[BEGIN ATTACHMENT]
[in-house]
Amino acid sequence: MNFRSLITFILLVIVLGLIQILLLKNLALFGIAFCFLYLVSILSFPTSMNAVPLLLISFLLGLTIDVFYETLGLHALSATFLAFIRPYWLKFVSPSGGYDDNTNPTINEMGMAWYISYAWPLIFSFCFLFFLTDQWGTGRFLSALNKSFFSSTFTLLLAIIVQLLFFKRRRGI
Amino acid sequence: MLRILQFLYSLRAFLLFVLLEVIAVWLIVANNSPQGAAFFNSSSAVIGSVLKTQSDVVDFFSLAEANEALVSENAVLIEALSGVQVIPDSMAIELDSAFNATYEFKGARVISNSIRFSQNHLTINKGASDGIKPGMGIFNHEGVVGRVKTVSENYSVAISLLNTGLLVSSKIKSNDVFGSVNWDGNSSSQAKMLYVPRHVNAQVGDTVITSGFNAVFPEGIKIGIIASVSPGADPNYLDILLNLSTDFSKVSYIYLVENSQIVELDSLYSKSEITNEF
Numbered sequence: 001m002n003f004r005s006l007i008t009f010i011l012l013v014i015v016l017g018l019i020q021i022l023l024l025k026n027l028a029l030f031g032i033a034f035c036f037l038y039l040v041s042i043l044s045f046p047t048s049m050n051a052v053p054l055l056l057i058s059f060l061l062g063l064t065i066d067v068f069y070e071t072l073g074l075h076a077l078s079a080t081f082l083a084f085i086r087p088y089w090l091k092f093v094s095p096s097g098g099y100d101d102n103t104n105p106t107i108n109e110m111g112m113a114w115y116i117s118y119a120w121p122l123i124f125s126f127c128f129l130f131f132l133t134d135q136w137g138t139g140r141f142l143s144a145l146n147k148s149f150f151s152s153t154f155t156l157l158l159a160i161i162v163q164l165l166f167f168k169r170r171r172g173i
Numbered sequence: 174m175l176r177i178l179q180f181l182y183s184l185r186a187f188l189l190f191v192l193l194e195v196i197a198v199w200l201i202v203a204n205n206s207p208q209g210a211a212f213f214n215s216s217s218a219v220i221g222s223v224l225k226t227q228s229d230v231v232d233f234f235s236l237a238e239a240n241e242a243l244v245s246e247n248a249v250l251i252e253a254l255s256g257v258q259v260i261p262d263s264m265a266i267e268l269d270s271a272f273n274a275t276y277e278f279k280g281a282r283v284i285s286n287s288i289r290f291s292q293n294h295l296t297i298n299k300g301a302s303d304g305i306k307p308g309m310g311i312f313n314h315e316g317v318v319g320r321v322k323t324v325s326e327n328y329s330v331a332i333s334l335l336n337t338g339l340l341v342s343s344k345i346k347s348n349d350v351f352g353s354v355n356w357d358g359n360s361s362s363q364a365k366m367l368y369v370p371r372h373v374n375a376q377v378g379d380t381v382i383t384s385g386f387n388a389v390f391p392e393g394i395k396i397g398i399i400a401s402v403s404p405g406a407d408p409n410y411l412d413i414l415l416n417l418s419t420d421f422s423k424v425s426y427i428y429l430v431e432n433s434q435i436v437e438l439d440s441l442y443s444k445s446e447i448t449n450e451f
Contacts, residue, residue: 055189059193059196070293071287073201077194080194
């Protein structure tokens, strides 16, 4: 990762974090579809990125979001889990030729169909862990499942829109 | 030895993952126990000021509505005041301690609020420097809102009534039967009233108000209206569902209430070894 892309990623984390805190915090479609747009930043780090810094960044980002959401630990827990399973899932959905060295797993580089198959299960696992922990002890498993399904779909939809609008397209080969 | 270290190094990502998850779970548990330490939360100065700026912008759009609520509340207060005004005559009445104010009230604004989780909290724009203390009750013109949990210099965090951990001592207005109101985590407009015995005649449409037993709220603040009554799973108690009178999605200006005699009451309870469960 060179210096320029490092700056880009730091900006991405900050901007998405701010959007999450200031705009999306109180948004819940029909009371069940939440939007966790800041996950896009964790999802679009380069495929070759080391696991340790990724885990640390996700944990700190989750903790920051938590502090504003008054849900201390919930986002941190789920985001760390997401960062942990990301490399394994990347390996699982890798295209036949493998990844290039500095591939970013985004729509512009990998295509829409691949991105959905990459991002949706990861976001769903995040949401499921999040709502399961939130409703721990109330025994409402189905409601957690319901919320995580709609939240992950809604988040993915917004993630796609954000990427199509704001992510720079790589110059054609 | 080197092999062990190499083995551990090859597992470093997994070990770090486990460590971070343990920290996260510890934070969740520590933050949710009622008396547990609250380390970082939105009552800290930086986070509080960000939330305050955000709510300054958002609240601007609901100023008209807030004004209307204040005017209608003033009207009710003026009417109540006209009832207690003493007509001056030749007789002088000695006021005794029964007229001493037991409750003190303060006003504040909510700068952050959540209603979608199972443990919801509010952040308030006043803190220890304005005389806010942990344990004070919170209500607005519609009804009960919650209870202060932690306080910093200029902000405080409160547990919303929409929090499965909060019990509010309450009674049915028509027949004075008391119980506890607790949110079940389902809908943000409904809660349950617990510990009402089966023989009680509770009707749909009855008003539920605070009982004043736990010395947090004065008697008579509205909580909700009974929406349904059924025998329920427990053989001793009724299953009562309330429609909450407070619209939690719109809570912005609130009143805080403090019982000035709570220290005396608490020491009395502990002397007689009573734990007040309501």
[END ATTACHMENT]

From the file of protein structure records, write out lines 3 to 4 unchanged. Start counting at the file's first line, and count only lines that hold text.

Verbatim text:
Amino acid sequence: MLRILQFLYSLRAFLLFVLLEVIAVWLIVANNSPQGAAFFNSSSAVIGSVLKTQSDVVDFFSLAEANEALVSENAVLIEALSGVQVIPDSMAIELDSAFNATYEFKGARVISNSIRFSQNHLTINKGASDGIKPGMGIFNHEGVVGRVKTVSENYSVAISLLNTGLLVSSKIKSNDVFGSVNWDGNSSSQAKMLYVPRHVNAQVGDTVITSGFNAVFPEGIKIGIIASVSPGADPNYLDILLNLSTDFSKVSYIYLVENSQIVELDSLYSKSEITNEF
Numbered sequence: 001m002n003f004r005s006l007i008t009f010i011l012l013v014i015v016l017g018l019i020q021i022l023l024l025k026n027l028a029l030f031g032i033a034f035c036f037l038y039l040v041s042i043l044s045f046p047t048s049m050n051a052v053p054l055l056l057i058s059f060l061l062g063l064t065i066d067v068f069y070e071t072l073g074l075h076a077l078s079a080t081f082l083a084f085i086r087p088y089w090l091k092f093v094s095p096s097g098g099y100d101d102n103t104n105p106t107i108n109e110m111g112m113a114w115y116i117s118y119a120w121p122l123i124f125s126f127c128f129l130f131f132l133t134d135q136w137g138t139g140r141f142l143s144a145l146n147k148s149f150f151s152s153t154f155t156l157l158l159a160i161i162v163q164l165l166f167f168k169r170r171r172g173i